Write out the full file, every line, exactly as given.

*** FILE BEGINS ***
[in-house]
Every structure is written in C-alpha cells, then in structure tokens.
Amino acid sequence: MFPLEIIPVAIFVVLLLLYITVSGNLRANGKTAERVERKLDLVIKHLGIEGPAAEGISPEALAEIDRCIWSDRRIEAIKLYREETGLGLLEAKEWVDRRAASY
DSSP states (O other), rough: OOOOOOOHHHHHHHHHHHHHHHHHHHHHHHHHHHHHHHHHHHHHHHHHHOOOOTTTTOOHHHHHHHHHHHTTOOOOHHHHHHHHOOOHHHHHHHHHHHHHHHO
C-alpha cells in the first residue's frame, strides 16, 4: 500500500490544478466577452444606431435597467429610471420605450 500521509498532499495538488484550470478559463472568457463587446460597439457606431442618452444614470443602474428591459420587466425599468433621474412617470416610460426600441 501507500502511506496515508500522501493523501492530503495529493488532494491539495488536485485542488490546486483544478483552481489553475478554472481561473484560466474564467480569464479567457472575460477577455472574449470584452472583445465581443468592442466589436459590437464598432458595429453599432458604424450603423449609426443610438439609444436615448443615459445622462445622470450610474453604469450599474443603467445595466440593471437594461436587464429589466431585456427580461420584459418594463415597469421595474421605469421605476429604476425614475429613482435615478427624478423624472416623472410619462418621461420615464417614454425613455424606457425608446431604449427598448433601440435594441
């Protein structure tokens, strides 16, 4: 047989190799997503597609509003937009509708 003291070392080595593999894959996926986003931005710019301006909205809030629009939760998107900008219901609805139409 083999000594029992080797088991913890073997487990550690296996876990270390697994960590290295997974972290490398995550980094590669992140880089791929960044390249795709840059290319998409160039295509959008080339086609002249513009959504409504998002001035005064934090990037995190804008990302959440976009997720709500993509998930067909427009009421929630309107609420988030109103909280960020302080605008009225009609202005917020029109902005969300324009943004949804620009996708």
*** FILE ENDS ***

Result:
[in-house]
Every structure is written in C-alpha cells, then in structure tokens.
Amino acid sequence: MFPLEIIPVAIFVVLLLLYITVSGNLRANGKTAERVERKLDLVIKHLGIEGPAAEGISPEALAEIDRCIWSDRRIEAIKLYREETGLGLLEAKEWVDRRAASY
DSSP states (O other), rough: OOOOOOOHHHHHHHHHHHHHHHHHHHHHHHHHHHHHHHHHHHHHHHHHHOOOOTTTTOOHHHHHHHHHHHTTOOOOHHHHHHHHOOOHHHHHHHHHHHHHHHO
C-alpha cells in the first residue's frame, strides 16, 4: 500500500490544478466577452444606431435597467429610471420605450 500521509498532499495538488484550470478559463472568457463587446460597439457606431442618452444614470443602474428591459420587466425599468433621474412617470416610460426600441 501507500502511506496515508500522501493523501492530503495529493488532494491539495488536485485542488490546486483544478483552481489553475478554472481561473484560466474564467480569464479567457472575460477577455472574449470584452472583445465581443468592442466589436459590437464598432458595429453599432458604424450603423449609426443610438439609444436615448443615459445622462445622470450610474453604469450599474443603467445595466440593471437594461436587464429589466431585456427580461420584459418594463415597469421595474421605469421605476429604476425614475429613482435615478427624478423624472416623472410619462418621461420615464417614454425613455424606457425608446431604449427598448433601440435594441
């Protein structure tokens, strides 16, 4: 047989190799997503597609509003937009509708 003291070392080595593999894959996926986003931005710019301006909205809030629009939760998107900008219901609805139409 083999000594029992080797088991913890073997487990550690296996876990270390697994960590290295997974972290490398995550980094590669992140880089791929960044390249795709840059290319998409160039295509959008080339086609002249513009959504409504998002001035005064934090990037995190804008990302959440976009997720709500993509998930067909427009009421929630309107609420988030109103909280960020302080605008009225009609202005917020029109902005969300324009943004949804620009996708």